Jill’s story is not uncommon; as a matter of fact, a recent Federal Trade Commission report notes that there were more than 21,000 such romance scams reported last year…Those are only the ones reported! Out of those reported romance scams, Hundreds of millions of dollars are reported to have been lost yearly; there are no other consumer fraud losses this high. We know that there are many more because most victims do not know that they should contact the Federal Trade Commission or feel too humiliated to do so. The dating site that my friend Jill ‘met’ her Romeo on had already removed him once we reported it there because someone else reported his bogus profile.
Men and women like Jill get their hearts broken and years of savings and investments wiped out every day. Right now, as I type, there is some amazing person looking for love is being targeted by a scammer (or a network of such thieves pretending to be one person). They know how to captivate, how to make someone feel special, and how to get the vulnerable person to send lots of money for what seem to bee dire emergencies.
Affluent seniors seeking love online are more likely to be scammed than any other demographic. Because I work in an office where the best interests of hard-working, wise investors and their loved ones are looked after every day, I have a unique perspective of the care and thought that goes into making sure that people’s financial futures are secure. The idea that someone could be swindled after all that they have saved for in the name of love or companionship is nothing less than heart-breaking. If you or a loved one is looking to meet someone online, here are some tips to protect yourself physically, emotionally, and financially:
- Do not give personal information like your physical address or names and ages of your children or grandchildren.
- Beware when that online romancer claiming to be very successful or wealthy uses very poor grammar and spelling. Even correspondence supposedly coming from business or banking entities of these people will have the same errors. There are indicators that show that English speaking people who continue to converse and connect with these scam artists are more likely to fall prey to the financial traps. These are often not “accidental” but are used to see whether the person on the other end is gullible enough to steal from.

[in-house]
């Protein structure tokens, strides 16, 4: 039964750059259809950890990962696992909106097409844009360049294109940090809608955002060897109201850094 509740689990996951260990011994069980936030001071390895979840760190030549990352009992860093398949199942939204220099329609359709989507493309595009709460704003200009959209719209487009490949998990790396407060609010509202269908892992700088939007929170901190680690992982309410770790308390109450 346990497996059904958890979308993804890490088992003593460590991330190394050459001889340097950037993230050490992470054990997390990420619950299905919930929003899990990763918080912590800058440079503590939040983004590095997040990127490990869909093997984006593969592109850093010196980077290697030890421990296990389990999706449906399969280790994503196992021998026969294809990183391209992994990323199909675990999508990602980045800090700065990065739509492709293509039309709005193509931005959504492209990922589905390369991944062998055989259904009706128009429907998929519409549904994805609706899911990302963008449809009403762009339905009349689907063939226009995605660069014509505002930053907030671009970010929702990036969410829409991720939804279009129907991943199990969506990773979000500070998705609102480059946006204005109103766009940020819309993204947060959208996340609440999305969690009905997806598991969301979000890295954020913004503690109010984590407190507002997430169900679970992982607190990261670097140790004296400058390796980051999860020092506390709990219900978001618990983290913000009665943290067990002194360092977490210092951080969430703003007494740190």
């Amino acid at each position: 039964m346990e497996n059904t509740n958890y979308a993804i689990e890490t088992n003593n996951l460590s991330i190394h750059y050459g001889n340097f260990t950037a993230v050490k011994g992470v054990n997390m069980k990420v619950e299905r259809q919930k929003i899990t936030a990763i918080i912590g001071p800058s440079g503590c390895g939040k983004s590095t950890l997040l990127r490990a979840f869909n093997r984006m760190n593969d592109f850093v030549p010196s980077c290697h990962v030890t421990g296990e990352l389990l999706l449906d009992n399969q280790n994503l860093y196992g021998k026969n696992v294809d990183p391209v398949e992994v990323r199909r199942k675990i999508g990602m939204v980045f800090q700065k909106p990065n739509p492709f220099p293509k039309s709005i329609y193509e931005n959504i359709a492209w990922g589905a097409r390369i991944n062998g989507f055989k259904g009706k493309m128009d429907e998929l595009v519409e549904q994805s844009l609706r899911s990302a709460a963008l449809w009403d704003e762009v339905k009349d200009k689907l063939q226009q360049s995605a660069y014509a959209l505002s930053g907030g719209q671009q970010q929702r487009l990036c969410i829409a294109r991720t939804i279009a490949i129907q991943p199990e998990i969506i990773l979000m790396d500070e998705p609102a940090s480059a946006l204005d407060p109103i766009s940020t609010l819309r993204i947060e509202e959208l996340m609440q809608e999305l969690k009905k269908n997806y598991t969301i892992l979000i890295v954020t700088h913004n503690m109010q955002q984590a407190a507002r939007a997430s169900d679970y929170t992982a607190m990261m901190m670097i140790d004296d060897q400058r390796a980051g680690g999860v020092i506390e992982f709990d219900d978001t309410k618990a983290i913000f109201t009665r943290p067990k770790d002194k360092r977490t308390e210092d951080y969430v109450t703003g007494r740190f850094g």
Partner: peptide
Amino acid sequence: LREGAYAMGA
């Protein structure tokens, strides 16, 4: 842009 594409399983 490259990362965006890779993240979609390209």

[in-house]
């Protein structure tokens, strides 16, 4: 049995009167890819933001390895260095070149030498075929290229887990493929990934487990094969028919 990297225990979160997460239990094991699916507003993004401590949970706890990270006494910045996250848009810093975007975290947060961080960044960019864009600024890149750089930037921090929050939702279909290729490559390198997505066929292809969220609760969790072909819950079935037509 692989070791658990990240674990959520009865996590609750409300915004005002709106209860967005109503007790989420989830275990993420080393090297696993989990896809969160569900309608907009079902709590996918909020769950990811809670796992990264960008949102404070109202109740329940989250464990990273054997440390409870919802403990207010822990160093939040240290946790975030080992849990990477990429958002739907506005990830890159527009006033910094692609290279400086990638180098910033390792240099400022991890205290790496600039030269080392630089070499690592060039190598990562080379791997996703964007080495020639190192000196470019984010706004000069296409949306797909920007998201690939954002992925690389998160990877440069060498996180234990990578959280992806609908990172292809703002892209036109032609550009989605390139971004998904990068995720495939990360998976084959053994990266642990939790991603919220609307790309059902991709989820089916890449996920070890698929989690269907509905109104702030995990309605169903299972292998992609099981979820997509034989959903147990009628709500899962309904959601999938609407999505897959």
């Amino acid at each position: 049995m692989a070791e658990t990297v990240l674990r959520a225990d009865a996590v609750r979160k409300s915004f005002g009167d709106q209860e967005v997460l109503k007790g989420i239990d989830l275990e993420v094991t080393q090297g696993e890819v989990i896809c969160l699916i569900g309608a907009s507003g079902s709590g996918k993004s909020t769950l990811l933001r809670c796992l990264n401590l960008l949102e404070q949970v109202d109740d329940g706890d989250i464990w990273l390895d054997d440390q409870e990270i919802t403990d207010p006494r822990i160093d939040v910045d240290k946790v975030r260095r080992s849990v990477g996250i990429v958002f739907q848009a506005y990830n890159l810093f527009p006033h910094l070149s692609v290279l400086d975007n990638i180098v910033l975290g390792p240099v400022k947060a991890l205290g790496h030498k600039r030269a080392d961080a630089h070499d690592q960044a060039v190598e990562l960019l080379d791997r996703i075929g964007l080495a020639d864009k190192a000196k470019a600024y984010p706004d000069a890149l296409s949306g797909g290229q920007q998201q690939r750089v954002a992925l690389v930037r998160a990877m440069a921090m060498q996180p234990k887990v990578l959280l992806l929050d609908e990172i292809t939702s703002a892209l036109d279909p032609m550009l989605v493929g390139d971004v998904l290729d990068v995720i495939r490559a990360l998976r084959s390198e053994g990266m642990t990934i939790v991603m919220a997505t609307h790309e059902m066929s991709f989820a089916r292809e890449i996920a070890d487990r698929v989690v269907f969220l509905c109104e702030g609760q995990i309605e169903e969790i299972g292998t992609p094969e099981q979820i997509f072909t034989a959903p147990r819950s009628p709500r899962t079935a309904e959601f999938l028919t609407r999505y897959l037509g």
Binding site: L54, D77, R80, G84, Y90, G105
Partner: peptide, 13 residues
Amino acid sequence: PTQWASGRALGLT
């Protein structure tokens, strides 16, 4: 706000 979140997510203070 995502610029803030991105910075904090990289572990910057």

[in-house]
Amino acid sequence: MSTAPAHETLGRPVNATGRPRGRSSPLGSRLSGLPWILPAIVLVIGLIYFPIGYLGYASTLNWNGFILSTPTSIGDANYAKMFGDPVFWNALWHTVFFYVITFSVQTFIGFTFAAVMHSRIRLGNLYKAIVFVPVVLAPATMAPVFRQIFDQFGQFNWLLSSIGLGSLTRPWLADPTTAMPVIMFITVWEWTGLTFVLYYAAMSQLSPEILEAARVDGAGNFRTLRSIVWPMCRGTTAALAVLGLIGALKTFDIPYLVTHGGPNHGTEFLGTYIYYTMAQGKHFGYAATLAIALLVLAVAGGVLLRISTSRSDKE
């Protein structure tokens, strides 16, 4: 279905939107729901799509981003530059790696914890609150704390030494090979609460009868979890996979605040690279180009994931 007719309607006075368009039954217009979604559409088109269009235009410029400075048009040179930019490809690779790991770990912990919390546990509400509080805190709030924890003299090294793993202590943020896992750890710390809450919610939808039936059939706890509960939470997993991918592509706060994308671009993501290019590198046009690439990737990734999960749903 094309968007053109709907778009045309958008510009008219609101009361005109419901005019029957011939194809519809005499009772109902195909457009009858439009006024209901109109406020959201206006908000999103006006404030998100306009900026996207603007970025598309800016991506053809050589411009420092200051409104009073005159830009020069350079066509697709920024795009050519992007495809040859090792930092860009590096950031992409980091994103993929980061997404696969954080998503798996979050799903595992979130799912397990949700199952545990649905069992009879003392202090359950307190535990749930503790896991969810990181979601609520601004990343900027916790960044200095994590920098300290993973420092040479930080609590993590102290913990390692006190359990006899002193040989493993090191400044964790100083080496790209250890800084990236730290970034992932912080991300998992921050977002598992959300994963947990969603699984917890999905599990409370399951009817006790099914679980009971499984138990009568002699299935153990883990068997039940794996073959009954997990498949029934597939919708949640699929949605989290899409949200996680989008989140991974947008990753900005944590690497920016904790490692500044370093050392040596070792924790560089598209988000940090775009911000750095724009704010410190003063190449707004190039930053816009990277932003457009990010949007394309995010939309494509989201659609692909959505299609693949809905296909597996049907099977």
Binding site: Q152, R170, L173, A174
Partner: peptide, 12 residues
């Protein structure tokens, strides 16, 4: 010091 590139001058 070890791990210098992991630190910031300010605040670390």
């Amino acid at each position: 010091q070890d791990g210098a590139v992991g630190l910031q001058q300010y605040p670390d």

- These scammers typically waste no time manipulating their victims’ emotions. They will send poetry, claim undying love, promise to give the world and then some only to quickly start having dire emergencies requiring strange wire transfers or purchases of gift cards (Amazon, iTunes, and other store cards are common requests). Before you know it, your loved one (or you) feels infatuated, desperately wanting to save the online damsel or Romeo in distress.
- Do not share photos of your family with someone you have met online until you have met in person AND you have an idea of whether this is someone you can become friendly with.
- Always meet in a public location for those first few dates AND let someone know who you are meeting as well as where you are meeting.
- DO NOT send money, gift cards, wire transfers, or any other gifts to these strangers. Even if they seem to be in danger, in awful circumstances, or are desperate to purchase a flight to visit you—Do not send money!
- Talk with your closest friends and relatives about your desire to meet someone and about your loneliness or desire to move on romantically. Online dating can be a wonderful thing, but there are precautions to take in order to stay safe.